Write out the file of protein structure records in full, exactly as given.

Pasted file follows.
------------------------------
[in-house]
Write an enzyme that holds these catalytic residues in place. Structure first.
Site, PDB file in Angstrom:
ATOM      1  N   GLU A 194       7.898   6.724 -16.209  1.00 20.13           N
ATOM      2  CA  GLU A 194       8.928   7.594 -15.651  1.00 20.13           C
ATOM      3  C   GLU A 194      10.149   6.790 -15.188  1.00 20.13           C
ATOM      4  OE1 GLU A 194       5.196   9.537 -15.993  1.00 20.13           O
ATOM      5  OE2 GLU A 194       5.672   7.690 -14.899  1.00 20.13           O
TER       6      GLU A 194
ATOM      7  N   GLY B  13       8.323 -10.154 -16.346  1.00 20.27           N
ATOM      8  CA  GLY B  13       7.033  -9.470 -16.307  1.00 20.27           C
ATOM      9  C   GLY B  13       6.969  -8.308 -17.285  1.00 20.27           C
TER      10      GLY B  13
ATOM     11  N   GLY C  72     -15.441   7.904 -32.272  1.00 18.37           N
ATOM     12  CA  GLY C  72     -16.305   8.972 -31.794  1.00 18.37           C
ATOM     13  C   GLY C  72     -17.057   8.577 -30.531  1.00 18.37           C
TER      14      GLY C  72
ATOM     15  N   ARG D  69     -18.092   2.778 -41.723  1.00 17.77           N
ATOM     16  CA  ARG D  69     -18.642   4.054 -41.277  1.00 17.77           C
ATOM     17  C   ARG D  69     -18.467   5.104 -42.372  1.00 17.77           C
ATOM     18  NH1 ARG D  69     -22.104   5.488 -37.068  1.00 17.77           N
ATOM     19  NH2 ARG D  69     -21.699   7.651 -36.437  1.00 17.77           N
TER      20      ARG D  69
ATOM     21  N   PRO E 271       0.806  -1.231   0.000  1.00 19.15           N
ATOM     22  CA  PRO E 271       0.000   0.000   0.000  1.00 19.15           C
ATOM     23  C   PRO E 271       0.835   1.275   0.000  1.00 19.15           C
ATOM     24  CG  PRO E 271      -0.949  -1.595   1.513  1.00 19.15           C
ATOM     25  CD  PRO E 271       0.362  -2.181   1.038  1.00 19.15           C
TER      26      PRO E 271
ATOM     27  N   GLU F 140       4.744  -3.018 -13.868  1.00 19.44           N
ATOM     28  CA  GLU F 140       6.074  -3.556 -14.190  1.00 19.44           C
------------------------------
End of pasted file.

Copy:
[in-house]
Write an enzyme that holds these catalytic residues in place. Structure first.
Site, PDB file in Angstrom:
ATOM      1  N   GLU A 194       7.898   6.724 -16.209  1.00 20.13           N
ATOM      2  CA  GLU A 194       8.928   7.594 -15.651  1.00 20.13           C
ATOM      3  C   GLU A 194      10.149   6.790 -15.188  1.00 20.13           C
ATOM      4  OE1 GLU A 194       5.196   9.537 -15.993  1.00 20.13           O
ATOM      5  OE2 GLU A 194       5.672   7.690 -14.899  1.00 20.13           O
TER       6      GLU A 194
ATOM      7  N   GLY B  13       8.323 -10.154 -16.346  1.00 20.27           N
ATOM      8  CA  GLY B  13       7.033  -9.470 -16.307  1.00 20.27           C
ATOM      9  C   GLY B  13       6.969  -8.308 -17.285  1.00 20.27           C
TER      10      GLY B  13
ATOM     11  N   GLY C  72     -15.441   7.904 -32.272  1.00 18.37           N
ATOM     12  CA  GLY C  72     -16.305   8.972 -31.794  1.00 18.37           C
ATOM     13  C   GLY C  72     -17.057   8.577 -30.531  1.00 18.37           C
TER      14      GLY C  72
ATOM     15  N   ARG D  69     -18.092   2.778 -41.723  1.00 17.77           N
ATOM     16  CA  ARG D  69     -18.642   4.054 -41.277  1.00 17.77           C
ATOM     17  C   ARG D  69     -18.467   5.104 -42.372  1.00 17.77           C
ATOM     18  NH1 ARG D  69     -22.104   5.488 -37.068  1.00 17.77           N
ATOM     19  NH2 ARG D  69     -21.699   7.651 -36.437  1.00 17.77           N
TER      20      ARG D  69
ATOM     21  N   PRO E 271       0.806  -1.231   0.000  1.00 19.15           N
ATOM     22  CA  PRO E 271       0.000   0.000   0.000  1.00 19.15           C
ATOM     23  C   PRO E 271       0.835   1.275   0.000  1.00 19.15           C
ATOM     24  CG  PRO E 271      -0.949  -1.595   1.513  1.00 19.15           C
ATOM     25  CD  PRO E 271       0.362  -2.181   1.038  1.00 19.15           C
TER      26      PRO E 271
ATOM     27  N   GLU F 140       4.744  -3.018 -13.868  1.00 19.44           N
ATOM     28  CA  GLU F 140       6.074  -3.556 -14.190  1.00 19.44           C